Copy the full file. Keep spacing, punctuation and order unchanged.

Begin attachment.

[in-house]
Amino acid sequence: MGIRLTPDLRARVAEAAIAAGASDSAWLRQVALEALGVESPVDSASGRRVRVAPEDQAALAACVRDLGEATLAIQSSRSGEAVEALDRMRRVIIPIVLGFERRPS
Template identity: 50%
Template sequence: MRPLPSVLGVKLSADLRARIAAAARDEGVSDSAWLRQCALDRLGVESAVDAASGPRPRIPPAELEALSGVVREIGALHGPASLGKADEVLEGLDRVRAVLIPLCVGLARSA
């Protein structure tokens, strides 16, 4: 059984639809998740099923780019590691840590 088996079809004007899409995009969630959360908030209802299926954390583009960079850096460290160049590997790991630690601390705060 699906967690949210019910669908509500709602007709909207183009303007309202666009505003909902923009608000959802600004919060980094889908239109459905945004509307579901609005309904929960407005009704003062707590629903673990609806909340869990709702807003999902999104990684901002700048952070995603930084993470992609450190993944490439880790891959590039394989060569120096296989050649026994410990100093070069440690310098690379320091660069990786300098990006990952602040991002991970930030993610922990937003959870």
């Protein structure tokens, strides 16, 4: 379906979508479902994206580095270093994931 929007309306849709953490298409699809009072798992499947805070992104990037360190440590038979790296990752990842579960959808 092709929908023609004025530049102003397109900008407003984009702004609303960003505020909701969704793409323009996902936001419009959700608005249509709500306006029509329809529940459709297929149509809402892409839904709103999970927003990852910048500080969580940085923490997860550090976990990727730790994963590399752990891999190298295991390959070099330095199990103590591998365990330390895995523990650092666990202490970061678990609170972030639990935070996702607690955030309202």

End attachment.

[in-house]
Amino acid sequence: MGIRLTPDLRARVAEAAIAAGASDSAWLRQVALEALGVESPVDSASGRRVRVAPEDQAALAACVRDLGEATLAIQSSRSGEAVEALDRMRRVIIPIVLGFERRPS
Template identity: 50%
Template sequence: MRPLPSVLGVKLSADLRARIAAAARDEGVSDSAWLRQCALDRLGVESAVDAASGPRPRIPPAELEALSGVVREIGALHGPASLGKADEVLEGLDRVRAVLIPLCVGLARSA
């Protein structure tokens, strides 16, 4: 059984639809998740099923780019590691840590 088996079809004007899409995009969630959360908030209802299926954390583009960079850096460290160049590997790991630690601390705060 699906967690949210019910669908509500709602007709909207183009303007309202666009505003909902923009608000959802600004919060980094889908239109459905945004509307579901609005309904929960407005009704003062707590629903673990609806909340869990709702807003999902999104990684901002700048952070995603930084993470992609450190993944490439880790891959590039394989060569120096296989050649026994410990100093070069440690310098690379320091660069990786300098990006990952602040991002991970930030993610922990937003959870």
């Protein structure tokens, strides 16, 4: 379906979508479902994206580095270093994931 929007309306849709953490298409699809009072798992499947805070992104990037360190440590038979790296990752990842579960959808 092709929908023609004025530049102003397109900008407003984009702004609303960003505020909701969704793409323009996902936001419009959700608005249509709500306006029509329809529940459709297929149509809402892409839904709103999970927003990852910048500080969580940085923490997860550090976990990727730790994963590399752990891999190298295991390959070099330095199990103590591998365990330390895995523990650092666990202490970061678990609170972030639990935070996702607690955030309202």